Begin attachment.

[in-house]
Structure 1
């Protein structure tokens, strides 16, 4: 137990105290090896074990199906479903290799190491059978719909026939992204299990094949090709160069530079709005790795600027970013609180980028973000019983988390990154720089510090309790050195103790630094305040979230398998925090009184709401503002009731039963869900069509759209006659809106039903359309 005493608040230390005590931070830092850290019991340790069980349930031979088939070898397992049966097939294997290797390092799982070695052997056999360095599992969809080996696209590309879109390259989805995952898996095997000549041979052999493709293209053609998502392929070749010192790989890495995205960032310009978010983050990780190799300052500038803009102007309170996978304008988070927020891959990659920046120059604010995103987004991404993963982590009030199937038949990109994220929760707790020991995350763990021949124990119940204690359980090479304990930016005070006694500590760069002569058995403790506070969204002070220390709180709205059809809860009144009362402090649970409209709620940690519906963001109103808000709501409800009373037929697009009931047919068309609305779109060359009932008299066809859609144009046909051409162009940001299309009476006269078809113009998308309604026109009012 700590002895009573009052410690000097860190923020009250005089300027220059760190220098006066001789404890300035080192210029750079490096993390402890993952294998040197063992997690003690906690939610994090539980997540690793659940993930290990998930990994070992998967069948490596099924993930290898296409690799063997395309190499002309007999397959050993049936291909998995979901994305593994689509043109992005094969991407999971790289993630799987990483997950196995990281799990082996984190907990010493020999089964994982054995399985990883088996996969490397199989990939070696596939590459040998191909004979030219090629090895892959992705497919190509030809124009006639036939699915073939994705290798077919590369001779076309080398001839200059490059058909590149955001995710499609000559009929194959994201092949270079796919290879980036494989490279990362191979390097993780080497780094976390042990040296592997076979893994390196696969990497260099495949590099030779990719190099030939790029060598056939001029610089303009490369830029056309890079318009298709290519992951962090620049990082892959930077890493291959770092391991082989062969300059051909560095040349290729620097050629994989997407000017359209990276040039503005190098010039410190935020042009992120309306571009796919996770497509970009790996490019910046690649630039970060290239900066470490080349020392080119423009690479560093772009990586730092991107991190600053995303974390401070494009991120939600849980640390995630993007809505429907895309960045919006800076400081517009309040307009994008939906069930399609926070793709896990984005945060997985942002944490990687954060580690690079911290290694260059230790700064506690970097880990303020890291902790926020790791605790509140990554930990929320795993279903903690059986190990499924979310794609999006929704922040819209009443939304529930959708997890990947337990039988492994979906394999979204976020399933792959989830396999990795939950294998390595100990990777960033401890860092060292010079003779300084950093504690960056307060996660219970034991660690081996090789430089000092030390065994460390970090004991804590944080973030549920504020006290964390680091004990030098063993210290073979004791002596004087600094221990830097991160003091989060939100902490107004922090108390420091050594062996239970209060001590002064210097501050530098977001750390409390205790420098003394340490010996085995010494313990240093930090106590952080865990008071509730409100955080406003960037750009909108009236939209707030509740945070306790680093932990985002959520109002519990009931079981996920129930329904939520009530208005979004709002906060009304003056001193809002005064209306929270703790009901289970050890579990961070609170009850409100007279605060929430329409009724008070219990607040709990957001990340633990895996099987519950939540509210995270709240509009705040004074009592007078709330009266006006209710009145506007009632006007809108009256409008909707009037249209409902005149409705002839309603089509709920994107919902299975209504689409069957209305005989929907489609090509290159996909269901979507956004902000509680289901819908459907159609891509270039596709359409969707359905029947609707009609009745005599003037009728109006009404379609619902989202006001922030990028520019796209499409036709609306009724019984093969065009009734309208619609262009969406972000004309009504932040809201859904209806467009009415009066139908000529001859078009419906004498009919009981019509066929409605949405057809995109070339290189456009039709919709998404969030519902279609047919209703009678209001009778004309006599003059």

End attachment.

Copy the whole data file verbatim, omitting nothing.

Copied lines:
[in-house]
Structure 1
């Protein structure tokens, strides 16, 4: 137990105290090896074990199906479903290799190491059978719909026939992204299990094949090709160069530079709005790795600027970013609180980028973000019983988390990154720089510090309790050195103790630094305040979230398998925090009184709401503002009731039963869900069509759209006659809106039903359309 005493608040230390005590931070830092850290019991340790069980349930031979088939070898397992049966097939294997290797390092799982070695052997056999360095599992969809080996696209590309879109390259989805995952898996095997000549041979052999493709293209053609998502392929070749010192790989890495995205960032310009978010983050990780190799300052500038803009102007309170996978304008988070927020891959990659920046120059604010995103987004991404993963982590009030199937038949990109994220929760707790020991995350763990021949124990119940204690359980090479304990930016005070006694500590760069002569058995403790506070969204002070220390709180709205059809809860009144009362402090649970409209709620940690519906963001109103808000709501409800009373037929697009009931047919068309609305779109060359009932008299066809859609144009046909051409162009940001299309009476006269078809113009998308309604026109009012 700590002895009573009052410690000097860190923020009250005089300027220059760190220098006066001789404890300035080192210029750079490096993390402890993952294998040197063992997690003690906690939610994090539980997540690793659940993930290990998930990994070992998967069948490596099924993930290898296409690799063997395309190499002309007999397959050993049936291909998995979901994305593994689509043109992005094969991407999971790289993630799987990483997950196995990281799990082996984190907990010493020999089964994982054995399985990883088996996969490397199989990939070696596939590459040998191909004979030219090629090895892959992705497919190509030809124009006639036939699915073939994705290798077919590369001779076309080398001839200059490059058909590149955001995710499609000559009929194959994201092949270079796919290879980036494989490279990362191979390097993780080497780094976390042990040296592997076979893994390196696969990497260099495949590099030779990719190099030939790029060598056939001029610089303009490369830029056309890079318009298709290519992951962090620049990082892959930077890493291959770092391991082989062969300059051909560095040349290729620097050629994989997407000017359209990276040039503005190098010039410190935020042009992120309306571009796919996770497509970009790996490019910046690649630039970060290239900066470490080349020392080119423009690479560093772009990586730092991107991190600053995303974390401070494009991120939600849980640390995630993007809505429907895309960045919006800076400081517009309040307009994008939906069930399609926070793709896990984005945060997985942002944490990687954060580690690079911290290694260059230790700064506690970097880990303020890291902790926020790791605790509140990554930990929320795993279903903690059986190990499924979310794609999006929704922040819209009443939304529930959708997890990947337990039988492994979906394999979204976020399933792959989830396999990795939950294998390595100990990777960033401890860092060292010079003779300084950093504690960056307060996660219970034991660690081996090789430089000092030390065994460390970090004991804590944080973030549920504020006290964390680091004990030098063993210290073979004791002596004087600094221990830097991160003091989060939100902490107004922090108390420091050594062996239970209060001590002064210097501050530098977001750390409390205790420098003394340490010996085995010494313990240093930090106590952080865990008071509730409100955080406003960037750009909108009236939209707030509740945070306790680093932990985002959520109002519990009931079981996920129930329904939520009530208005979004709002906060009304003056001193809002005064209306929270703790009901289970050890579990961070609170009850409100007279605060929430329409009724008070219990607040709990957001990340633990895996099987519950939540509210995270709240509009705040004074009592007078709330009266006006209710009145506007009632006007809108009256409008909707009037249209409902005149409705002839309603089509709920994107919902299975209504689409069957209305005989929907489609090509290159996909269901979507956004902000509680289901819908459907159609891509270039596709359409969707359905029947609707009609009745005599003037009728109006009404379609619902989202006001922030990028520019796209499409036709609306009724019984093969065009009734309208619609262009969406972000004309009504932040809201859904209806467009009415009066139908000529001859078009419906004498009919009981019509066929409605949405057809995109070339290189456009039709919709998404969030519902279609047919209703009678209001009778004309006599003059």